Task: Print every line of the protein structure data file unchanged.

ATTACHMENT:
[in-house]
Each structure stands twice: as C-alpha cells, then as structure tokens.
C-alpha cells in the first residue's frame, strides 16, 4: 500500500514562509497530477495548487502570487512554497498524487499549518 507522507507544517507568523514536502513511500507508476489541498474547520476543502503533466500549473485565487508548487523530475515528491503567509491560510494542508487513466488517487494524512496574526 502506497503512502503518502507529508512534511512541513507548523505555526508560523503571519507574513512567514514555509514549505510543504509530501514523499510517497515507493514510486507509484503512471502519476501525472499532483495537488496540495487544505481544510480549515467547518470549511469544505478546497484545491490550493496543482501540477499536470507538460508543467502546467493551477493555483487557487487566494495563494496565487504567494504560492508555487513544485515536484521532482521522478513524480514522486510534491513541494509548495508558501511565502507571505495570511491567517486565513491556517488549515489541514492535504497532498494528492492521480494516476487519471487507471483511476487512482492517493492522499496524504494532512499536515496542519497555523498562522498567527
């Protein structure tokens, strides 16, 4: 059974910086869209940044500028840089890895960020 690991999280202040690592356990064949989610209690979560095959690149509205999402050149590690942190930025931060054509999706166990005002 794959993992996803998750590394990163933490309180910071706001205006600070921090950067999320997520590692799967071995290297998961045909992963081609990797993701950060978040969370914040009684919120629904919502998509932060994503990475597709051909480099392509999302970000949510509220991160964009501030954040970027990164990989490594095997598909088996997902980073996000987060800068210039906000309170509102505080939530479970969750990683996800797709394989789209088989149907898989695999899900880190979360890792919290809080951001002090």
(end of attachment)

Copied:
[in-house]
Each structure stands twice: as C-alpha cells, then as structure tokens.
C-alpha cells in the first residue's frame, strides 16, 4: 500500500514562509497530477495548487502570487512554497498524487499549518 507522507507544517507568523514536502513511500507508476489541498474547520476543502503533466500549473485565487508548487523530475515528491503567509491560510494542508487513466488517487494524512496574526 502506497503512502503518502507529508512534511512541513507548523505555526508560523503571519507574513512567514514555509514549505510543504509530501514523499510517497515507493514510486507509484503512471502519476501525472499532483495537488496540495487544505481544510480549515467547518470549511469544505478546497484545491490550493496543482501540477499536470507538460508543467502546467493551477493555483487557487487566494495563494496565487504567494504560492508555487513544485515536484521532482521522478513524480514522486510534491513541494509548495508558501511565502507571505495570511491567517486565513491556517488549515489541514492535504497532498494528492492521480494516476487519471487507471483511476487512482492517493492522499496524504494532512499536515496542519497555523498562522498567527
């Protein structure tokens, strides 16, 4: 059974910086869209940044500028840089890895960020 690991999280202040690592356990064949989610209690979560095959690149509205999402050149590690942190930025931060054509999706166990005002 794959993992996803998750590394990163933490309180910071706001205006600070921090950067999320997520590692799967071995290297998961045909992963081609990797993701950060978040969370914040009684919120629904919502998509932060994503990475597709051909480099392509999302970000949510509220991160964009501030954040970027990164990989490594095997598909088996997902980073996000987060800068210039906000309170509102505080939530479970969750990683996800797709394989789209088989149907898989695999899900880190979360890792919290809080951001002090």